Multi-factor authentication is the step after the initial step where you have entered your password. It could involve:
- Sending a code via a phone call or text to your smartphone or email address
- Randomly generating a frequently changing code like a PIN, they’ll send to an authenticator app
- A fingerprint or biometrics data, or
- A frequently changing code on an authenticator device such as a digital keyring device.
This means the hacker will need access to those devices, too, to infiltrate your accounts. Alex Weinert, the Director of Identity Security at Microsoft, says “based on our studies, your account is more than 99.9% less likely to be compromised if you use multi-factor authentication”.
3. A Unique Password for Each Account
As creatures of habit, we often use the same password across multiple accounts. So if a hacker cracks open one of your accounts, they have the key to get into much more. They tend to enter at the weakest security point, such as an online promotional store.
Limit the damage they can do by having a unique password for each account. If you’re stumped for new ideas in creating your next unique password, check out a secure password generator, such as this one.
4. Go Natural with Biometrics
Biometrics are unique to you – no one can naturally have what you have. Your fingerprints, iris scans, faceprint, palm, signature and voiceprint can be used to authenticate you on most modern PCs and smartphones.
Otherwise, biometrics can be handy in slashing the time it takes to authenticate you to access your accounts. This technology is becoming almost instant. Keep in mind, too, that under the Privacy Act 1988, any organisation or agency collecting your biometric information must first ask for your consent in most cases. It’s considered sensitive information. Professional services consultancy KPMG says it has a “non-zero chance of false negatives”, which tends to affect vulnerable communities and minorities disproportionately.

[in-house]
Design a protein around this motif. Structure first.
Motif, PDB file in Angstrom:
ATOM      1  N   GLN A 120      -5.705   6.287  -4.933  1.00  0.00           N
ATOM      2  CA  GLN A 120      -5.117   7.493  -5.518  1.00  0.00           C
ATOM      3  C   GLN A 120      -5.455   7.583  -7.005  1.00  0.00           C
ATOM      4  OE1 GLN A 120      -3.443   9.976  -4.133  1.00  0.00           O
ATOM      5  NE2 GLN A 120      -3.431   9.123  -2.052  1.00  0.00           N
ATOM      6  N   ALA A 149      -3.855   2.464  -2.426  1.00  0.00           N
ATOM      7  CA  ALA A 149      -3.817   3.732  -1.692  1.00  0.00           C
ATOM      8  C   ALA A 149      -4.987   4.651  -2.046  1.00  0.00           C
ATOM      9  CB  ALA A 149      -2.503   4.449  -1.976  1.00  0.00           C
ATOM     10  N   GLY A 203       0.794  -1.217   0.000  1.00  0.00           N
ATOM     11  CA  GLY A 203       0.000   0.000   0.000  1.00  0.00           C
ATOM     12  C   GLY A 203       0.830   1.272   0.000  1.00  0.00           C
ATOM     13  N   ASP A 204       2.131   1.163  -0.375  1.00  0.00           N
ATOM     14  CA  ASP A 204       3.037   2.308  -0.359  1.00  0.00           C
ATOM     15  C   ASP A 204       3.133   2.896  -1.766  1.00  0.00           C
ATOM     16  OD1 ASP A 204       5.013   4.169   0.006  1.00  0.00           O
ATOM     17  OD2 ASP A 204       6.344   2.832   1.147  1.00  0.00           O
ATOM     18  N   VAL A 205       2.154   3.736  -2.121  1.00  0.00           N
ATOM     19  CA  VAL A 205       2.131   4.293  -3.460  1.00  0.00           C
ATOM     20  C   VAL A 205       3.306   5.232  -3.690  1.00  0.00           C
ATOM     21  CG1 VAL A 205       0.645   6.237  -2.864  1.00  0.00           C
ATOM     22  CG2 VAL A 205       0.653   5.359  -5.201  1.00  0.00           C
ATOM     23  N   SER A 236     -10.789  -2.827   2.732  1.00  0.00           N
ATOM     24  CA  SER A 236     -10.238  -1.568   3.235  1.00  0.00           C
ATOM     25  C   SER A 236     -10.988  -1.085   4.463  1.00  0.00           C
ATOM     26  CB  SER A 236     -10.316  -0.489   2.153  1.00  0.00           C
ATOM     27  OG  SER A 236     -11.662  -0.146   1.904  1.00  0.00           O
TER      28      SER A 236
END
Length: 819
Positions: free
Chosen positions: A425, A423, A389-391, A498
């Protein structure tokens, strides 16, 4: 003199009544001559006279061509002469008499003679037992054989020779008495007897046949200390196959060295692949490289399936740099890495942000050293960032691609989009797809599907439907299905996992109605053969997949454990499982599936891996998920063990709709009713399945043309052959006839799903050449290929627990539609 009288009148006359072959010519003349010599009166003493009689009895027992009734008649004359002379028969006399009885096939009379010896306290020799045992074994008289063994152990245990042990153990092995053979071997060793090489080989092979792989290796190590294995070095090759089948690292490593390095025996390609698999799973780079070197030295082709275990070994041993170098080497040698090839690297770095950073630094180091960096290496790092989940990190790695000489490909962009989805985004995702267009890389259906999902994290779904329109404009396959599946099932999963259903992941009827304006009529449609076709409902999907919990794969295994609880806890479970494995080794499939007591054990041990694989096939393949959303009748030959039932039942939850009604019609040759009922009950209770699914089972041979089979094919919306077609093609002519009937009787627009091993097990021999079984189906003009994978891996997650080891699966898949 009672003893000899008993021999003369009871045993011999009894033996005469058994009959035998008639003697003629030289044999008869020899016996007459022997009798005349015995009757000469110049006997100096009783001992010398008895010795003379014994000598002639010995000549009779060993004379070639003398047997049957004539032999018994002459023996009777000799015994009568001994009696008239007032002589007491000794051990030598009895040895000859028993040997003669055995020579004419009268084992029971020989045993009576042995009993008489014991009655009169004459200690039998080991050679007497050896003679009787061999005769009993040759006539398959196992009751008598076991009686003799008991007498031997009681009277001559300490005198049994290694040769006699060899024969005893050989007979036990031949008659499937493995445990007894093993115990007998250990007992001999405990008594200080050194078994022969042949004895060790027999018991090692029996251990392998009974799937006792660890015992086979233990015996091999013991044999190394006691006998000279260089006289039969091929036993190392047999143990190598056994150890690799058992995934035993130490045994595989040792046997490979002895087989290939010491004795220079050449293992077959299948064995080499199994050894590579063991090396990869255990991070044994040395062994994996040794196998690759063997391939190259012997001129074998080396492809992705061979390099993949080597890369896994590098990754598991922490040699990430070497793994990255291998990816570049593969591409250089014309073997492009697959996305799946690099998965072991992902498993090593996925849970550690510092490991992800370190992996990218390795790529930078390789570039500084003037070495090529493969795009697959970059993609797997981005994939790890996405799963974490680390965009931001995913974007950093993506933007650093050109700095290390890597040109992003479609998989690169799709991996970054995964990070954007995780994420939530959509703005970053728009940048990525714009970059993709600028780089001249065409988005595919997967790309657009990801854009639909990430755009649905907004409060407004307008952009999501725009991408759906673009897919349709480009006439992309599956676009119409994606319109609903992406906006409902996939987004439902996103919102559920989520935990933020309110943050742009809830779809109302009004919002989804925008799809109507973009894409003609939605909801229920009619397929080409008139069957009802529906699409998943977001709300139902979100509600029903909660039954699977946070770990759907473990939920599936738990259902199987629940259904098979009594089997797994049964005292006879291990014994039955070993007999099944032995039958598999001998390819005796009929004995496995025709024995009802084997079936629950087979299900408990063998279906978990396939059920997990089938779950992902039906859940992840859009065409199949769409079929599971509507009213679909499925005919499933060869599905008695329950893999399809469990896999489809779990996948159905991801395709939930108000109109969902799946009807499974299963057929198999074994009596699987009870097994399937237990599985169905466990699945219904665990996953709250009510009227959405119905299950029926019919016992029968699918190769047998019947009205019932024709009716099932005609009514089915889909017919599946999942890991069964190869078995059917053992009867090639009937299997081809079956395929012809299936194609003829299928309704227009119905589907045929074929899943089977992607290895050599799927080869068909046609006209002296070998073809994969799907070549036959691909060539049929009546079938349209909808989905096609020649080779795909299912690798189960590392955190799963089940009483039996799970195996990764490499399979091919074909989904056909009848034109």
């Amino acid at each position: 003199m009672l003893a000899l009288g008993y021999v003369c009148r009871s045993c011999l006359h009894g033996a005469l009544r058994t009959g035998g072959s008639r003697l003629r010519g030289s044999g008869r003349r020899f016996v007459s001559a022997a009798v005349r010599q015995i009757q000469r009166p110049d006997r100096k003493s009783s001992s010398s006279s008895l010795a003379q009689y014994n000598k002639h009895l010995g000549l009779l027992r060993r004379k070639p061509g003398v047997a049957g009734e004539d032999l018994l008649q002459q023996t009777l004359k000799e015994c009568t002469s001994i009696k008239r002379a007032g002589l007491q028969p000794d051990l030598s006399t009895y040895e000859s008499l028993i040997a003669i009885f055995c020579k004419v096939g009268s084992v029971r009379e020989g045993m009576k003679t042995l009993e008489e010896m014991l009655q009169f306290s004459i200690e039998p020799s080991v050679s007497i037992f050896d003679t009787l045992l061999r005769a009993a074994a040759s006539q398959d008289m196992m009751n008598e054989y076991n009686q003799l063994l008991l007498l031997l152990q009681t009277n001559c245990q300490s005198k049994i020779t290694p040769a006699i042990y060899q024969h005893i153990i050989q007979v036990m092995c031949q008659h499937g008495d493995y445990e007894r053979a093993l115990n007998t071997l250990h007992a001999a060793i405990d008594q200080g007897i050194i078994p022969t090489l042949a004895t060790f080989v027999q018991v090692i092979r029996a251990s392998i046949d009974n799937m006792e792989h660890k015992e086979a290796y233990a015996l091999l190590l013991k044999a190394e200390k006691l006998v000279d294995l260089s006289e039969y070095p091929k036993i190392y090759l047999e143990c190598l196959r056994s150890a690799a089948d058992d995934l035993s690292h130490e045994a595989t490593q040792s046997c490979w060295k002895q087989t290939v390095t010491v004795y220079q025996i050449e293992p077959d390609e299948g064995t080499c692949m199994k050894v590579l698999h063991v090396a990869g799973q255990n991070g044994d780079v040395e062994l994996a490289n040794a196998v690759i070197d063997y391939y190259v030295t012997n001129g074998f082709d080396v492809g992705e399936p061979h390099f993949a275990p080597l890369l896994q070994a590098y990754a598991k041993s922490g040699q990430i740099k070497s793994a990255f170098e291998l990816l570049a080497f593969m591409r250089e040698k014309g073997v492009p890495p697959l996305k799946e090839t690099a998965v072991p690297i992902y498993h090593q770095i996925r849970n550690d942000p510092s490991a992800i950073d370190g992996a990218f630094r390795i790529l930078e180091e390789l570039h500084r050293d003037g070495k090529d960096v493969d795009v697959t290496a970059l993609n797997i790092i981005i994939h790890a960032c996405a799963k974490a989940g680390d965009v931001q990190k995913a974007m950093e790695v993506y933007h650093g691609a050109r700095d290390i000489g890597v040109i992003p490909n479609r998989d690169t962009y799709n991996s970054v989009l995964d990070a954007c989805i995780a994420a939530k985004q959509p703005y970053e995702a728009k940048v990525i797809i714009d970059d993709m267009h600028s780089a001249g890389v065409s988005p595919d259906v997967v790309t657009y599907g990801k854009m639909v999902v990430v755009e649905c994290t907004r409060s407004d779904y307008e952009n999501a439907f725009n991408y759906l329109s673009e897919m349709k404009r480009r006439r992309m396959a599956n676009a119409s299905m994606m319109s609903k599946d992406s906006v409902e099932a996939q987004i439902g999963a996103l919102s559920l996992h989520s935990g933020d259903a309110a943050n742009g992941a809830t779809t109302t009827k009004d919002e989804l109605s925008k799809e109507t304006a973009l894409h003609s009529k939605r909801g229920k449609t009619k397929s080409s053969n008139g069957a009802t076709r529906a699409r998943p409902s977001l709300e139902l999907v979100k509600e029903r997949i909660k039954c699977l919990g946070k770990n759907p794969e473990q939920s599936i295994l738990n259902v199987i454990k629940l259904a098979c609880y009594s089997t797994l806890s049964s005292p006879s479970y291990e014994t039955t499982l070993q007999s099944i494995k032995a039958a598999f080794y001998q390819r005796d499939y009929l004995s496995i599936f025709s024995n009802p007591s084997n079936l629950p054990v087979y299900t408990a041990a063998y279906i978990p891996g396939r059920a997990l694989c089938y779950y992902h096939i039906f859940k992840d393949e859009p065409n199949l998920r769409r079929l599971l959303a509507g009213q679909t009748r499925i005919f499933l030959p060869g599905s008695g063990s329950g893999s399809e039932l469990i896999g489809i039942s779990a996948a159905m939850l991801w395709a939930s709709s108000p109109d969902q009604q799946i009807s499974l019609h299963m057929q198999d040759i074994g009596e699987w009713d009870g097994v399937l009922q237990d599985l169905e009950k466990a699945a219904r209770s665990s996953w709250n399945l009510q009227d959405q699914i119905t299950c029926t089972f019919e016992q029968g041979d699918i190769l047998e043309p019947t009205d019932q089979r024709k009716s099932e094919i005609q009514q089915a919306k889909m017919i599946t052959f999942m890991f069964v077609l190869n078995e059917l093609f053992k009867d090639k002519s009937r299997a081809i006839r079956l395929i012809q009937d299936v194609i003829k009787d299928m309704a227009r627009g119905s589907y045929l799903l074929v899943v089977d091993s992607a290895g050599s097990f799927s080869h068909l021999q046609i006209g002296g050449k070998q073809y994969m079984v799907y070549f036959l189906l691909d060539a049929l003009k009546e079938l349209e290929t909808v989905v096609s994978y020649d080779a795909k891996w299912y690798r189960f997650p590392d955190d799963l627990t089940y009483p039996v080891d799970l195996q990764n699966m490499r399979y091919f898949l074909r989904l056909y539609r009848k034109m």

5. Opt For a Password Manager
The best way to keep your accounts safe is to use long, random complex passwords that are unique to each account. This can be problematic to remember. It’s like having many different keys to a vast range of doors in your building, so it can be time consuming to find the right one.
An easier way is to store them in a password-protected (of course) password manager so you can refer to them when needed. It could be a soft copy (on your password-protected PC or smartphone, etc) or in print form (a notebook stored in a safe place). There are pitfalls with both of these options.
This is where the password manager comes in. They’re specialised apps to store your valuable credentials in an encrypted environment which is also master-password protection. We recommend password managers including:
- 1Password, and
They are stronger than the most basic option for a password manager, such as the browser-based Google Chrome, Samsung Pass on Galaxy devices, but it’s not designed to be a password manager. Apple’s version, iCloud Keychain won’t let you export passwords.
For more insights into passwords and other cybersecurity issues, contact one of our Little Computer People stores for expert help from a qualified technician.
© Little Computer People